It’s hard to believe we are almost through our time here. It feels as though each day we are still just arriving, getting over our jet lag, lazily making our way through the streets to be greeted by the onslaught of beauty, order, cleanliness and calm that is Tokyo. I have never been in a city this packed with people that appears to remain so peaceful. There is a relaxed tone to everything, from the well trimmed shrubs and vibrant trees neatly encased in cement squares to the cashier who hands me my change and receipt with two hands, a smile and a bow. The rushing and stress that I associate with life on the streets of a large metropolis seems to be absent. Yes, at rush hour, one feels a definite press of commuters, but even then, most people are moving at a reasonable pace and the frenetic energy I associate with big cities and the resulting rudeness and gruffness is not to be found.
Yesterday we took a tour of Kyoto and hired a car and driver for the job. Mr. Araki, who had lived in San Diego for ten months, was a delightful wellspring of suggestions and animated discussion. “Japan people are rigid, not like Americans. Americans are so frexible!” I’m sure American flexibility is something I ought to appreciate more, but so far, Tokyo has given me a snug feeling of order that fits very well with my temperament.
Araki was right about Japanese rigidity, which may sometimes beget tension, like I saw in the face of a restaurant manager when a photographer, eager to get a picture, mistakenly stepped on some moss in the immense rock garden that ran along the outside of the dining room where we were eating. The manager seemed unable to get over the offense, even after the photographer apologized profusely, bowing a dozen times in deference, and the manager continually bent down over the trod upon spot to lovingly sooth the moss several times as we looked on, slurping up seafood entrails and strange fungi.
The devotion to order and cleanliness is impressive in action. I love the warm wet towels given before meals and the people who stand, often white gloved, at the entrance to a subway platform, a restroom, a department store or any number of places whose sole job seems to be to tell you where to go. They are like traffic cops for people, making sure to keep us flowing in the right direction. Since our arrival I’ve seen men feverishly scrubbing a bench on the subway platform, a woman removing fingerprints from the glass cases in a museum minutes after they were made, and a bathroom attendant, dressed like a french maid keeping the stalls pristine and the sinks furnished with warm towels.
Today was the Autumn Equinox which is a national holiday in Japan. The culture demands a reverence to nature that I wholly approve of and has its roots in the prevailing religion, Shintoism, which is often combined with Buddhism, and is largely based on honoring and praising Mother Nature above all. In Kyoto we visited a few temples and shrines and watched people perform various purification rituals – washing hands and mouths with water, and smudging with incense – in order to enter the places of worship. Like many Eastern religious practices, the rituals are practical measures taken to achieve a certain outcome with different statues and shrines devoted to specific goals like love, money, success or good health. But built into these themes is always the overarching idea of praising nature, the elements or sometimes certain animals in order to live well.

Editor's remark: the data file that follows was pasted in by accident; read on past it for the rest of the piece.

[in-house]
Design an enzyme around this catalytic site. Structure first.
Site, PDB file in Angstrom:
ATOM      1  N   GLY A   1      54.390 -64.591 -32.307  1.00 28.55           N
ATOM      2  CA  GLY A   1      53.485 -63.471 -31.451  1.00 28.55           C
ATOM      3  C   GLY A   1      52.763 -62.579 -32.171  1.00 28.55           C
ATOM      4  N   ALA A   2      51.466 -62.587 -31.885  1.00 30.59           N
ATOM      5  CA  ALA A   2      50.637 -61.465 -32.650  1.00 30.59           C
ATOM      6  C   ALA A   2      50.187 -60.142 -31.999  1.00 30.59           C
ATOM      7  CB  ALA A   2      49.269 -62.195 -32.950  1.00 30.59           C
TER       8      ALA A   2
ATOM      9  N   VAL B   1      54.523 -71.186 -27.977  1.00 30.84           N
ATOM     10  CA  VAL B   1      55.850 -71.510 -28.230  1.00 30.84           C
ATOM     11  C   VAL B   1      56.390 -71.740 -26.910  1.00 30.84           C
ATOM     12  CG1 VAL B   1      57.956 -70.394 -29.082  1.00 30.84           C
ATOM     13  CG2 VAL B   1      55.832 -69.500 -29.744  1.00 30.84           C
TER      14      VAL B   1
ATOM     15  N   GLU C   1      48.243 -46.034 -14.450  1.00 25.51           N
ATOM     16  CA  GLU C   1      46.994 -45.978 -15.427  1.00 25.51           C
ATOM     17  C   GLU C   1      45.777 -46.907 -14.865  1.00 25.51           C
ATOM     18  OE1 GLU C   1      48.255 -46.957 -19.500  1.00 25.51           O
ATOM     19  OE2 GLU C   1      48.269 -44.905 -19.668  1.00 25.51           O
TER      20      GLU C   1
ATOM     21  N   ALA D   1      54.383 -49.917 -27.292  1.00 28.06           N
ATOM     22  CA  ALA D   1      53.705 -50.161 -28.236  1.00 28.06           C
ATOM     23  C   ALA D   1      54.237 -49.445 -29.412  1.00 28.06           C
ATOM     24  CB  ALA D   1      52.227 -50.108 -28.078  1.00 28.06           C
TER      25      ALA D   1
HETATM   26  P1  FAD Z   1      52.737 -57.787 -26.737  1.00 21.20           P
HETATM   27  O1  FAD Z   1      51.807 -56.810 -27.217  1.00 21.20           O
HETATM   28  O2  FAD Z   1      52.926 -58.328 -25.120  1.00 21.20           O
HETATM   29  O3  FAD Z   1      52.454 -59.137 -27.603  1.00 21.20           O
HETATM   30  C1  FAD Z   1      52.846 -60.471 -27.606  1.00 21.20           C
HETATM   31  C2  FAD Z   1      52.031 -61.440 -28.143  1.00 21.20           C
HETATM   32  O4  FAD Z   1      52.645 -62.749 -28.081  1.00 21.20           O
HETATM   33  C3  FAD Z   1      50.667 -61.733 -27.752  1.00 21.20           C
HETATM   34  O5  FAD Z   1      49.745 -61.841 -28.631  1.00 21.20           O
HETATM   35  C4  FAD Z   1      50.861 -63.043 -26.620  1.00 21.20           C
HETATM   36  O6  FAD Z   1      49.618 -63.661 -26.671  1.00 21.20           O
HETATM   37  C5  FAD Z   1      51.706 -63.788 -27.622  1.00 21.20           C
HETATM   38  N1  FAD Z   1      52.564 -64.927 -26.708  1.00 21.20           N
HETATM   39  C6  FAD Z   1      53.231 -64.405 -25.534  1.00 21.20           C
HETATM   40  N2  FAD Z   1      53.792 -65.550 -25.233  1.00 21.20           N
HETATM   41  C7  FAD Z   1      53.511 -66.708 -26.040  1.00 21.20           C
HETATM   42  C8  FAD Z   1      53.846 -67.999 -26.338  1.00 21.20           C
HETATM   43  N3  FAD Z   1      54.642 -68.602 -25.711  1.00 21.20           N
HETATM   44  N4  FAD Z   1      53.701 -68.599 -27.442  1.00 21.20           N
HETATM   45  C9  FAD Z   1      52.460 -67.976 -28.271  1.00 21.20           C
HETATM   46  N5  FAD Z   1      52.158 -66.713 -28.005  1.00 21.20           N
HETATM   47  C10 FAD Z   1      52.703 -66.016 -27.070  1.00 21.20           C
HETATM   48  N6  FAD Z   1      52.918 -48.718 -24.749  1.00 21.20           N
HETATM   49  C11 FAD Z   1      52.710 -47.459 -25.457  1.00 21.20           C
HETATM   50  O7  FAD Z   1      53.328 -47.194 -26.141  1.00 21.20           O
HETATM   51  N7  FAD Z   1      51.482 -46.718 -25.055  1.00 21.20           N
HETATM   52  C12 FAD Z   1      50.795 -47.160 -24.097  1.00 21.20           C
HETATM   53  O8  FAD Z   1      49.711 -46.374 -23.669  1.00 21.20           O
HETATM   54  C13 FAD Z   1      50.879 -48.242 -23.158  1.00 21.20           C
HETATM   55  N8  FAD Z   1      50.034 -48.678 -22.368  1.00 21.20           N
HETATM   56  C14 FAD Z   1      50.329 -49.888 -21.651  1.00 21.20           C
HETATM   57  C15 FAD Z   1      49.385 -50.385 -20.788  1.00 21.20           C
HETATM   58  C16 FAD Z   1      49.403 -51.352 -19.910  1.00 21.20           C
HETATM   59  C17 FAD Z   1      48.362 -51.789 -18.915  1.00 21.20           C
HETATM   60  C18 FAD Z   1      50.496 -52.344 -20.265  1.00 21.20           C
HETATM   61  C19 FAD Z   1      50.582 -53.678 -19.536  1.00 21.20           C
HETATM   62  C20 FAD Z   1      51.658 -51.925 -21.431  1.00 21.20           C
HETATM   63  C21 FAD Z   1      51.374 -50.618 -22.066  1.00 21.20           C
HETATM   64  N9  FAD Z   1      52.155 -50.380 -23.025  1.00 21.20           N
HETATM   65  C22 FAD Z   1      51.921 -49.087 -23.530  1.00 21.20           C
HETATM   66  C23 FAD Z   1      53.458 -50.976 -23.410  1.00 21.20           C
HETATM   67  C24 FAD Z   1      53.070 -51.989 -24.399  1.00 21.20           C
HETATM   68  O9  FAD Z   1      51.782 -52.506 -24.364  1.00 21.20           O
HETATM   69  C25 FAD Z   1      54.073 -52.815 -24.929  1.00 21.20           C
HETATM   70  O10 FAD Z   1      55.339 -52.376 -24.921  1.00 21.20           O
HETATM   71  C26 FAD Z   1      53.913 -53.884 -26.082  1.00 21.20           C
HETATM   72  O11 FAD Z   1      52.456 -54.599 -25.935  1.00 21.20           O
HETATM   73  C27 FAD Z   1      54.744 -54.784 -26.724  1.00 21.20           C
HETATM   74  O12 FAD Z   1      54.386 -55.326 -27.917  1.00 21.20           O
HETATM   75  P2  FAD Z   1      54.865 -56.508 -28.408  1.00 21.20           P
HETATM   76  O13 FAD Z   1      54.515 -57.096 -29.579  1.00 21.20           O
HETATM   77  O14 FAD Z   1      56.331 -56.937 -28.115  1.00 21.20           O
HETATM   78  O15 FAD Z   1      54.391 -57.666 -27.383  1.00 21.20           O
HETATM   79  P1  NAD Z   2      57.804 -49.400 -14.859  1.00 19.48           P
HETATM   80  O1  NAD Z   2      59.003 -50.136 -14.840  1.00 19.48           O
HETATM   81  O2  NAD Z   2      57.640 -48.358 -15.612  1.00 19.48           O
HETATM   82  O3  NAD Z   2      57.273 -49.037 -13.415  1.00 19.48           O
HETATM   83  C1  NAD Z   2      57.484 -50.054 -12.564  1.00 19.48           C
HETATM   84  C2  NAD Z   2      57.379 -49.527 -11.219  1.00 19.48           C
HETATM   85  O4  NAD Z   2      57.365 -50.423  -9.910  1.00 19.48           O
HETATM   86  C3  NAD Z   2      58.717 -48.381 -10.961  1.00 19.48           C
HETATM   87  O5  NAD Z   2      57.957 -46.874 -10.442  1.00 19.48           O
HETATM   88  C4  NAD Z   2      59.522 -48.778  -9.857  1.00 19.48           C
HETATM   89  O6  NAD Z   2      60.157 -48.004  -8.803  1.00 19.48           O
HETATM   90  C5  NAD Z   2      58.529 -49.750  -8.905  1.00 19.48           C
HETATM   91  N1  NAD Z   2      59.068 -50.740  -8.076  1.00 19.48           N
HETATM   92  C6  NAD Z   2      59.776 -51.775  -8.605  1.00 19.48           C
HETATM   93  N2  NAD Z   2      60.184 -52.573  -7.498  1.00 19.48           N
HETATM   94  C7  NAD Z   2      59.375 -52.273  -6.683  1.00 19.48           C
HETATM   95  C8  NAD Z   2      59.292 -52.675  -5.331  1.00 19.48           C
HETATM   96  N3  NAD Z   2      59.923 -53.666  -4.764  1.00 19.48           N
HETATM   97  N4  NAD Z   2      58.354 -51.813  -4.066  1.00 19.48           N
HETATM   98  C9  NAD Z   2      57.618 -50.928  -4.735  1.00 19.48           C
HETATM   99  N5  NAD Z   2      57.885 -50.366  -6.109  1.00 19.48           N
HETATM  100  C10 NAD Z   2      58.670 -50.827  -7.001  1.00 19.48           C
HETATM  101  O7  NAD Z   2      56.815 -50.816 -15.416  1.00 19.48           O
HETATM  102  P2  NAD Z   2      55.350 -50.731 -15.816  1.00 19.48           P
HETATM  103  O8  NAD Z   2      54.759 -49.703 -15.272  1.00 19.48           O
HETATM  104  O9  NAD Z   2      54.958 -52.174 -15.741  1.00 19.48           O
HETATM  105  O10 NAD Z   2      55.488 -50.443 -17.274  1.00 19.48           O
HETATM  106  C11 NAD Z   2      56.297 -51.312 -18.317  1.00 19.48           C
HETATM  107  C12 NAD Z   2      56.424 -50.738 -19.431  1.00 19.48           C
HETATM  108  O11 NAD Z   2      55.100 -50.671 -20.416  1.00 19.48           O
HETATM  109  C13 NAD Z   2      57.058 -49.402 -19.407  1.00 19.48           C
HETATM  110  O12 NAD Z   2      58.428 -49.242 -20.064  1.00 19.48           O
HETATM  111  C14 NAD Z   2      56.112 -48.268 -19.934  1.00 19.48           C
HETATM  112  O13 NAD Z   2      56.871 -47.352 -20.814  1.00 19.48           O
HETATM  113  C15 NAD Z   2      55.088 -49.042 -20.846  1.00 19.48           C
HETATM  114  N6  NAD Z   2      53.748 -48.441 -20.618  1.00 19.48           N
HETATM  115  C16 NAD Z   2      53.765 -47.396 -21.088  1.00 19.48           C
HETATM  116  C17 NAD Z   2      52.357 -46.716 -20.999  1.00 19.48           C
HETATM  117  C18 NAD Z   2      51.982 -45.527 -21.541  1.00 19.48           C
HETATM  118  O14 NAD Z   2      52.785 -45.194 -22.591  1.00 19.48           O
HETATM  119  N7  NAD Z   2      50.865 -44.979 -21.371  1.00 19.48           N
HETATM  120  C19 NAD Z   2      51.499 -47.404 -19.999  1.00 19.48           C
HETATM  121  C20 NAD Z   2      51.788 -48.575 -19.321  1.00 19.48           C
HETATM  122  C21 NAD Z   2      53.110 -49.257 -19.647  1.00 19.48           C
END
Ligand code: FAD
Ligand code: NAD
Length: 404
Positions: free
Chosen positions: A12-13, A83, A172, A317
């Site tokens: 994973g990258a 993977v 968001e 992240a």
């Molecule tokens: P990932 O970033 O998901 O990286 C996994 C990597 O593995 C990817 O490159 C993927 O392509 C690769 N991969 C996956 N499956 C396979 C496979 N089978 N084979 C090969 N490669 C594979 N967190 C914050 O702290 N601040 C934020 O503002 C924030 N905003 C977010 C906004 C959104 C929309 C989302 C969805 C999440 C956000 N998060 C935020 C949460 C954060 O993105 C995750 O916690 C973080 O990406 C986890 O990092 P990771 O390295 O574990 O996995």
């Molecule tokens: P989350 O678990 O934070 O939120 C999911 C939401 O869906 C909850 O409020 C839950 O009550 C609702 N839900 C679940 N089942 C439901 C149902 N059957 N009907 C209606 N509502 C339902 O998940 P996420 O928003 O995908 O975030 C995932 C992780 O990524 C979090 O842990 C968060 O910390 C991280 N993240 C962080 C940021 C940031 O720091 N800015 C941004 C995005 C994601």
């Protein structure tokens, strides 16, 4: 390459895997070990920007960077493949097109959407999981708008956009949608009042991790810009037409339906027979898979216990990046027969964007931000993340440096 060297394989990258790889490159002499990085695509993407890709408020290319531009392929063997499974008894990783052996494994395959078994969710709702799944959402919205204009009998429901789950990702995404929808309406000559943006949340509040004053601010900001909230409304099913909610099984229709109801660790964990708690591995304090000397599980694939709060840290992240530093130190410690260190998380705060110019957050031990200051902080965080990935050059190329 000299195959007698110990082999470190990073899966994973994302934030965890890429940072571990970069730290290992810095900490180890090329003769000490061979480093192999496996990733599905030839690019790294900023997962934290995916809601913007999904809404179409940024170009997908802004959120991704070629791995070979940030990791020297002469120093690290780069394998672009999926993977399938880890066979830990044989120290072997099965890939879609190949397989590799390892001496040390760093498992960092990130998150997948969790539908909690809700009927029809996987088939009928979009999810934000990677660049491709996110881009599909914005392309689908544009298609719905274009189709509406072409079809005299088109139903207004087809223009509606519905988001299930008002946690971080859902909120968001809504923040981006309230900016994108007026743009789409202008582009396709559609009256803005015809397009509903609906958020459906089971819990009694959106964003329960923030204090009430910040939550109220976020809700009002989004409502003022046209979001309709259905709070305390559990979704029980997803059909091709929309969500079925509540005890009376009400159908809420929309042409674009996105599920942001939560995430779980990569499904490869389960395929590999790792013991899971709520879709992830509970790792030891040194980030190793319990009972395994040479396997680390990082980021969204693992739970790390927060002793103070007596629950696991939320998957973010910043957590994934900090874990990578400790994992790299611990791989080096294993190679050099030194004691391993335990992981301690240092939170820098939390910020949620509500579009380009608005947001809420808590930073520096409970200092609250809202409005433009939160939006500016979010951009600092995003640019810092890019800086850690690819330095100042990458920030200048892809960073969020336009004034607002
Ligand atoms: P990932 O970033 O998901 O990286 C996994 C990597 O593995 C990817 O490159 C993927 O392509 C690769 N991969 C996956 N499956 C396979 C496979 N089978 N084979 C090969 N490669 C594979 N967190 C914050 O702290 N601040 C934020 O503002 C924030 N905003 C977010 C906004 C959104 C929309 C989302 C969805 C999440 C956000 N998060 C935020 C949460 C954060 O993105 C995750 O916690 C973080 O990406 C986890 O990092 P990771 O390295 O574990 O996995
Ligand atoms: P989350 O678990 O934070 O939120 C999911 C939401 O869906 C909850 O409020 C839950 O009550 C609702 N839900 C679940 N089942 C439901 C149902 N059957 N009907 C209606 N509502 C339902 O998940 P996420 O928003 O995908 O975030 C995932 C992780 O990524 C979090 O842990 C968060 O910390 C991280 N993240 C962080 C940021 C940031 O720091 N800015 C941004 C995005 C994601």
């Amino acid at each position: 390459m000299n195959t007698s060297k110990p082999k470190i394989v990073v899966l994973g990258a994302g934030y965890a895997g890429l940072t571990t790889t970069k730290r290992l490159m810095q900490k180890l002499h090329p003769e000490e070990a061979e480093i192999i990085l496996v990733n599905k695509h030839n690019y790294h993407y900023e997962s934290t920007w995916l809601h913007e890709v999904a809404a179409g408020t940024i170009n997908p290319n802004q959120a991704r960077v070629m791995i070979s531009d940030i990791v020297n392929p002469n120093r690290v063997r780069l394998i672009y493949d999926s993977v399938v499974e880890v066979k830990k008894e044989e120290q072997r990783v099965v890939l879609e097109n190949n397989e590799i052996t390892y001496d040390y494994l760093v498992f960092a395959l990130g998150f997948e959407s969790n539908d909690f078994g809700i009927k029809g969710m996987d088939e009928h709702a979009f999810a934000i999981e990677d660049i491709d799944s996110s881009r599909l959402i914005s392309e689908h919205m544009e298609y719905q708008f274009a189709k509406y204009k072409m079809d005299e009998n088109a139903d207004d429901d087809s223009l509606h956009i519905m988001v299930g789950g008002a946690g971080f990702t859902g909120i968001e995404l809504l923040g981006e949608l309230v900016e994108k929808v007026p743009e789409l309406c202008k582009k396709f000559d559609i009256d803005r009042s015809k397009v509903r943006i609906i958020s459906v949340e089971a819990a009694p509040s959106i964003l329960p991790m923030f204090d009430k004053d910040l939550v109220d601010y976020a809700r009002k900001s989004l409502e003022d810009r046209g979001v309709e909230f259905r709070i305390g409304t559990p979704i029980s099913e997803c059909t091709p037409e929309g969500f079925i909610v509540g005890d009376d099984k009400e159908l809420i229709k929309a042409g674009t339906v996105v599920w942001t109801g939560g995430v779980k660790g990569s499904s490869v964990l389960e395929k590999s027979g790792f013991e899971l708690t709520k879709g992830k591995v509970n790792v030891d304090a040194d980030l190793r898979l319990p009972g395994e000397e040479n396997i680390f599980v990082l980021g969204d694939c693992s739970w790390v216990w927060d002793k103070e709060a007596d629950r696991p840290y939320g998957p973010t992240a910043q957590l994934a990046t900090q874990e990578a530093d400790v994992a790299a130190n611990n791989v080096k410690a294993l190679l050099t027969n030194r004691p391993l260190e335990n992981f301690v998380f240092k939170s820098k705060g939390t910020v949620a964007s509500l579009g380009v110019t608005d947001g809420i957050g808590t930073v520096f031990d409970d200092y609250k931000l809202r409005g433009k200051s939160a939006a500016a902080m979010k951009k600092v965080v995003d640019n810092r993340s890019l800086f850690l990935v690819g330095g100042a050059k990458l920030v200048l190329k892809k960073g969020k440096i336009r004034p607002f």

Above all, the thing the Japanese seem to to have mastered is the idea of balance. It takes precedence in everything, from the beautiful gardens to the striking architecture and design, to the way people dress and arrange flowers, to the precious boxes of colorful food arranged just so. We are staying in a very fancy area where the sight of an ill-conceived outfit is rare. The people on the street are not just dressed expensively, as they are on Madison Avenue or Beverly Hills, they manage to have individual style. But it’s not just a matter of being fashionable, though most people are, it is the balance and restraint and just plain good taste in almost everything that has impressed me the most.
Balance is enormously important in how the gardens and plants are tended to. When we visited the Golden Pavillion in Kyoto it was almost ridiculous how perfectly picturesque each view of it was. The greenery surrounding the structure, the pond and trees and mountains behind it, are all designed to frame it like a picture. You couldn’t take a bad photo of it if you tried. Here, nature is not wild and unpredictable as we thought. It is an expression, beautifully balanced and tended to with the utmost care and devotion.
Nothing is perfect and I’m sure there are steep prices paid for all the perfectly harmonious beauty I’ve perceived on this visit. But I will go home in a few days inspired to live my life, tend my garden and get dressed every morning with reverence for the Gods who rule the natural world, and I will strive for the balance and calm that I have witnessed here.